NEW HAVEN, Conn. — The 2014 HIV outbreak in Scott County, Ind., could have been avoided with a quicker public health response, according to a new study published in The Lancet today.
The study reported that the state government responded to the outbreak after new HIV infections had already peaked in the rural county.
“Initiation of a response on Jan 1, 2013, could have suppressed the number of infections to 56 or fewer, averting at least 127 infections; whereas an intervention on April 1, 2011, could have reduced the number of infections to ten or fewer, averting at least 173 infections,” the summary of the study stated.
The study authors stated that early and robust surveillance efforts and case finding alone could reduce future outbreaks. Ensuring access to HIV services and harm-reduction interventions could further reduce the likelihood of outbreaks, and substantially mitigate their severity and scope.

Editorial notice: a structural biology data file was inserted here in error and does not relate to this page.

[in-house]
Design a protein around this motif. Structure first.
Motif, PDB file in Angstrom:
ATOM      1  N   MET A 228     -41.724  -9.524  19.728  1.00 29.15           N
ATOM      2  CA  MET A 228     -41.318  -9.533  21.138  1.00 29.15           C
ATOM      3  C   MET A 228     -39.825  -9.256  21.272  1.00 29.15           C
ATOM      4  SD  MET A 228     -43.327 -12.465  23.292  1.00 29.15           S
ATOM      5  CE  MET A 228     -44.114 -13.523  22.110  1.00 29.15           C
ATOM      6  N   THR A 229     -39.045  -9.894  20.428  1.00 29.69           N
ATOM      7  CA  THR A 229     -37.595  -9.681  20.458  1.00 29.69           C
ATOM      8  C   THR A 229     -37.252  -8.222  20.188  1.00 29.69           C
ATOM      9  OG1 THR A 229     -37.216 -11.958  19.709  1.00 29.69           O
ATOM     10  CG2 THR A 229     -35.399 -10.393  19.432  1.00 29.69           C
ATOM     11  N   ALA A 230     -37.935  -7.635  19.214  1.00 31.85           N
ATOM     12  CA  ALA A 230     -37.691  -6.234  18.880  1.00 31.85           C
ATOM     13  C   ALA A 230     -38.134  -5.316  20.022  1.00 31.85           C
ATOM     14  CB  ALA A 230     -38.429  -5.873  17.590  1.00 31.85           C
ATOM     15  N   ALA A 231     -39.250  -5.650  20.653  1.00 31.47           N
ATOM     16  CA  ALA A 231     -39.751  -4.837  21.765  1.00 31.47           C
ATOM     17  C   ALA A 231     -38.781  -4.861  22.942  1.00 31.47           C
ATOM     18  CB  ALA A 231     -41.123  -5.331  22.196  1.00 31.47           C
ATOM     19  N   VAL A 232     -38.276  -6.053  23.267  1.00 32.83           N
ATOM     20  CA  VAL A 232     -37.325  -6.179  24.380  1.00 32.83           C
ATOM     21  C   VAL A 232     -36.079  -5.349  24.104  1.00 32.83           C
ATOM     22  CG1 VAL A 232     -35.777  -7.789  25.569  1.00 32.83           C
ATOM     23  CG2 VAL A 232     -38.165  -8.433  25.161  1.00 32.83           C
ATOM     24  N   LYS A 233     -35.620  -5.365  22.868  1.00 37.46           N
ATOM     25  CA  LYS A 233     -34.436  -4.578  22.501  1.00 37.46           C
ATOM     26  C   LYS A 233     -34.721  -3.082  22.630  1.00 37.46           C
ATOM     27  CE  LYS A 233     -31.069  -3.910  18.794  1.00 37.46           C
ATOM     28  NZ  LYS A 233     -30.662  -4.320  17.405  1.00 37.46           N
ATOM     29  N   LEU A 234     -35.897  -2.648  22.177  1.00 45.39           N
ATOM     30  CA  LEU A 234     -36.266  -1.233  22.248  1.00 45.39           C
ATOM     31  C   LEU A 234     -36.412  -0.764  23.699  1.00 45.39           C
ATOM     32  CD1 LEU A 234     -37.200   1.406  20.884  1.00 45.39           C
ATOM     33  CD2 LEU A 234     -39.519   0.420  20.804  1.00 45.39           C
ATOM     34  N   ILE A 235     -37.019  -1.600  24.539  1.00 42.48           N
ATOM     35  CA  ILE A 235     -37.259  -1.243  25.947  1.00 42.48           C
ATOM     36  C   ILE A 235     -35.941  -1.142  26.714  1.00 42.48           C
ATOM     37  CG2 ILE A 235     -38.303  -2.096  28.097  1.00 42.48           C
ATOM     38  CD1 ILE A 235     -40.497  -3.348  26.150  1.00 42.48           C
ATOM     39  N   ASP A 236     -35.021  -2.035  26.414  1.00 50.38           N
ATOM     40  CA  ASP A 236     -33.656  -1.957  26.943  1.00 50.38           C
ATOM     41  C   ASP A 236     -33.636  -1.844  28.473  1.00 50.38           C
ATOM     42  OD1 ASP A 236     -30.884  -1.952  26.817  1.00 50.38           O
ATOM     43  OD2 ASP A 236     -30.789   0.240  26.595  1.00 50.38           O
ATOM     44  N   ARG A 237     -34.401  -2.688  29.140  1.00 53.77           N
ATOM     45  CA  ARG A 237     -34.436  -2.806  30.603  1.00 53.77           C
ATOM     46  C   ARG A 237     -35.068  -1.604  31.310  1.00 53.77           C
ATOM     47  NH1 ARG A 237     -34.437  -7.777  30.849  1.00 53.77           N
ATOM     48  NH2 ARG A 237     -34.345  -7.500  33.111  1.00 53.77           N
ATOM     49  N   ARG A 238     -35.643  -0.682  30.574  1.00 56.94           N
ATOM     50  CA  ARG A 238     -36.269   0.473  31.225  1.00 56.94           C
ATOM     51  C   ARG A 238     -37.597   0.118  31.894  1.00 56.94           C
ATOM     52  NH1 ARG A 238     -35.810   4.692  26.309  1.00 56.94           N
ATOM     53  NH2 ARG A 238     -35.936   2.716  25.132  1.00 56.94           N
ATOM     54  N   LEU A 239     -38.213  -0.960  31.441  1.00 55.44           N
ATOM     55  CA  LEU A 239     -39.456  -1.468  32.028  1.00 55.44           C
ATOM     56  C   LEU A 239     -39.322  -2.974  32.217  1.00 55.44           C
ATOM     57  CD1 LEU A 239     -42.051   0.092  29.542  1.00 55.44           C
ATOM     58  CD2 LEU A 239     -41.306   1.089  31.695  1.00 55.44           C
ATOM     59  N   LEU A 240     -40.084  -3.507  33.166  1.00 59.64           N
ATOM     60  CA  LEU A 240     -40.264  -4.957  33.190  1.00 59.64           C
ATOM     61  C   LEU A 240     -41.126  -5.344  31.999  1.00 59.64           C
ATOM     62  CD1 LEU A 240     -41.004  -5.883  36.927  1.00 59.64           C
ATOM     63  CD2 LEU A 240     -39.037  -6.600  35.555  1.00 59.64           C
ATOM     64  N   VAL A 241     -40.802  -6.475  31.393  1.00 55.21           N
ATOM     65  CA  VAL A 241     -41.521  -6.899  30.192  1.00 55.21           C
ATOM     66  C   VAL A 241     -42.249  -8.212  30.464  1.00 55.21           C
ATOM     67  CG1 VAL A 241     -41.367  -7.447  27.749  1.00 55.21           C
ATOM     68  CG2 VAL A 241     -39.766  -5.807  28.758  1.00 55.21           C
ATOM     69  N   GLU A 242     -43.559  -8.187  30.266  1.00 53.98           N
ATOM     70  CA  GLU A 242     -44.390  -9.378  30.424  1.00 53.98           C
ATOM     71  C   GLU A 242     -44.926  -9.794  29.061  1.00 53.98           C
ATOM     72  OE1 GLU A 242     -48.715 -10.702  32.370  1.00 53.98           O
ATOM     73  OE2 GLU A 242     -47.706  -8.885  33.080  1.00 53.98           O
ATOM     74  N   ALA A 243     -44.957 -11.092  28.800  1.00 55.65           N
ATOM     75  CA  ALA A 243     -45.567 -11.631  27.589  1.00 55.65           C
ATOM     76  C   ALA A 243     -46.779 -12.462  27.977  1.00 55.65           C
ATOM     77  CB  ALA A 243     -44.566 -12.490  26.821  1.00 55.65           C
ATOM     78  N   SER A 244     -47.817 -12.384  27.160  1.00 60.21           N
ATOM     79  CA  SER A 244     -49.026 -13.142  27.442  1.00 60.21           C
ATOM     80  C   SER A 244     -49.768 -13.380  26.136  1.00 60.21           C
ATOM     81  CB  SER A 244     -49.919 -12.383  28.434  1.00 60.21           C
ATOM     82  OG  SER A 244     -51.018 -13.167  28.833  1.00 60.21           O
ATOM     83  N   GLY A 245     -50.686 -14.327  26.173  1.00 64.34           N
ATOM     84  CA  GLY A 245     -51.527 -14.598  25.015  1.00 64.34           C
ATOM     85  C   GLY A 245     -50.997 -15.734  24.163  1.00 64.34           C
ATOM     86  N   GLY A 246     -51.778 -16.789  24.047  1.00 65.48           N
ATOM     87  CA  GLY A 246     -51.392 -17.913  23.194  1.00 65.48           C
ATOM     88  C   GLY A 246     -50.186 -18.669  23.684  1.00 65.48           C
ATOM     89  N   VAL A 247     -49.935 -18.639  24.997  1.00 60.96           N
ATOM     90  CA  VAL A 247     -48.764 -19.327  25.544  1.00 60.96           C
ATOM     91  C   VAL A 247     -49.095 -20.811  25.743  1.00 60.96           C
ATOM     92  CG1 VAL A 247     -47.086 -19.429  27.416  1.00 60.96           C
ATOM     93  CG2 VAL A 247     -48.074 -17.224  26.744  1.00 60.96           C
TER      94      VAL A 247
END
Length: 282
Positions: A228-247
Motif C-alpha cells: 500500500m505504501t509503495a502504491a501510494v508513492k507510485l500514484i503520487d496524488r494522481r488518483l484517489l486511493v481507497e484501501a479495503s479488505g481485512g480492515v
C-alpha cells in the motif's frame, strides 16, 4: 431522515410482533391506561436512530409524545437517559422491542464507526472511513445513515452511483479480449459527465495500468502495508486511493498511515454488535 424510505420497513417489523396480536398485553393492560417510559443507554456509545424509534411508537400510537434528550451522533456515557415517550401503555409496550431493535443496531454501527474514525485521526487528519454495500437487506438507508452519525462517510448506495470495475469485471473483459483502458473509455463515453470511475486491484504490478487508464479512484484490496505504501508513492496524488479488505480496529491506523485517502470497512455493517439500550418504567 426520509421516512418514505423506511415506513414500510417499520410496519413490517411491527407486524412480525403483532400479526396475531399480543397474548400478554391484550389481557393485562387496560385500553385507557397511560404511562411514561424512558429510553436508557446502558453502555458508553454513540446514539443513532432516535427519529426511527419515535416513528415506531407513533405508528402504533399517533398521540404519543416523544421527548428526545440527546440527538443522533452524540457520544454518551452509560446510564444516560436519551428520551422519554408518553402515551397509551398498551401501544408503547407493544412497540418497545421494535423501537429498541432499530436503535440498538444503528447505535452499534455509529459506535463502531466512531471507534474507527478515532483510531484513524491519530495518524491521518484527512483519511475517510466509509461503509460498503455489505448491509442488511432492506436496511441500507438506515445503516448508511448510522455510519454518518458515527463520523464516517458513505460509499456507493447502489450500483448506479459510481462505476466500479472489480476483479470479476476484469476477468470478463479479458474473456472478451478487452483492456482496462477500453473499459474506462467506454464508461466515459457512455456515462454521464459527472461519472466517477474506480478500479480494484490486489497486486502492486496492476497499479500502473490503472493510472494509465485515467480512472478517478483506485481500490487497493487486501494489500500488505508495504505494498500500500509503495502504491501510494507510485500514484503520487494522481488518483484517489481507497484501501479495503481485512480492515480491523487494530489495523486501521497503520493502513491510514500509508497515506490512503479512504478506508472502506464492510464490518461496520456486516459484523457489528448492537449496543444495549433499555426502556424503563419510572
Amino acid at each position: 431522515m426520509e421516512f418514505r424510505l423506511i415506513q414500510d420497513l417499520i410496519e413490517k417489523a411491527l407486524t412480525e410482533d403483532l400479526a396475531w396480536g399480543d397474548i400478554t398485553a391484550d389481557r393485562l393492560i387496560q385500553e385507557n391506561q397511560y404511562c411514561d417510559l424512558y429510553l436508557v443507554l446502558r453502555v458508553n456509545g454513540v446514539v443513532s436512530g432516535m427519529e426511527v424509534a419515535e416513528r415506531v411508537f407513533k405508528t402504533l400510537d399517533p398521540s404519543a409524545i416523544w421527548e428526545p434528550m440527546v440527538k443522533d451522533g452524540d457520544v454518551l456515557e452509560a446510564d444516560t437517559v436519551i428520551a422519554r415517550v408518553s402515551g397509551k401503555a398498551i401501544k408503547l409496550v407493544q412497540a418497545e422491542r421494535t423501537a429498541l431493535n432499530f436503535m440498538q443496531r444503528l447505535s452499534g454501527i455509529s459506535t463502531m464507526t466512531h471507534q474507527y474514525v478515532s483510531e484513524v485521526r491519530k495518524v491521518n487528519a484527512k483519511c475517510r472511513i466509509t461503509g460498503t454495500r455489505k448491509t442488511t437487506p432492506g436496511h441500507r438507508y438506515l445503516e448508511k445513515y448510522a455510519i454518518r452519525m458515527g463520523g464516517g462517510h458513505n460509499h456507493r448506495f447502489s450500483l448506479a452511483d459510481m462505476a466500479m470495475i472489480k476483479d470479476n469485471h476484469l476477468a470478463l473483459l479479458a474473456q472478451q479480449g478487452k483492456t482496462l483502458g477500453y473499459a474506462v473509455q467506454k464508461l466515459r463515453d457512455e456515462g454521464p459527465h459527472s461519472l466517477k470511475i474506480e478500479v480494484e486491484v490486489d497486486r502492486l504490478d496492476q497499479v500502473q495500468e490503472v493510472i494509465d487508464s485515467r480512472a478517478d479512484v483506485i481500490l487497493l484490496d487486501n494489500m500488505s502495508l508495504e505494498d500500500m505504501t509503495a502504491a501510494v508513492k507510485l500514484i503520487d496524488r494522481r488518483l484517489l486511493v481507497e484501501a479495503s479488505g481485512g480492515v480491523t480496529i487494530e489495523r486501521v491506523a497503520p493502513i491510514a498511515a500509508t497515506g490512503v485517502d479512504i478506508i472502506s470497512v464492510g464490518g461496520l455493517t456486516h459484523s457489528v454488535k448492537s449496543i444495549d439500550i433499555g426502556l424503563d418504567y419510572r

“We used publicly available data on the outbreak to recreate it in a computer simulation,” Gregg S. Gonsalves, assistant professor of epidemiology and the study’s first author, told science news website EurekAlert. “Once we had recreated the events in Scott County, we could examine what would have happened if a response to the threat had been initiated earlier.”
The study pointed out that rapidly growing opioid use in Indiana and a hepatitis C outbreak spurred local public health leaders to recommend establishment of syringe exchange and other programs to prevent HIV transmission several years before the Scott County outbreak, although their recommendations were rejected by the state, the website reported.
“Our findings suggest that with earlier action the actual number of infections recorded in Scott County — 215 — might have been brought down to fewer than 56, if the state had acted in 2013, or to fewer than 10 infections, if they had responded to the HCV outbreak in 2010-2011. Instead they cut funding for the last HIV testing provider in the county,” Forrest W. Crawford, associate professor of biostatistics and of ecology and evolutionary biology, and the paper’s senior author, told EurekAlert.
In 2013, then-Gov. Mike Pence cut funding to Planned Parenthood in Indiana. In many parts of the state, Planned Parenthood is the only provider of HIV testing. The clinic in Scott County was one of those that were forced to close.by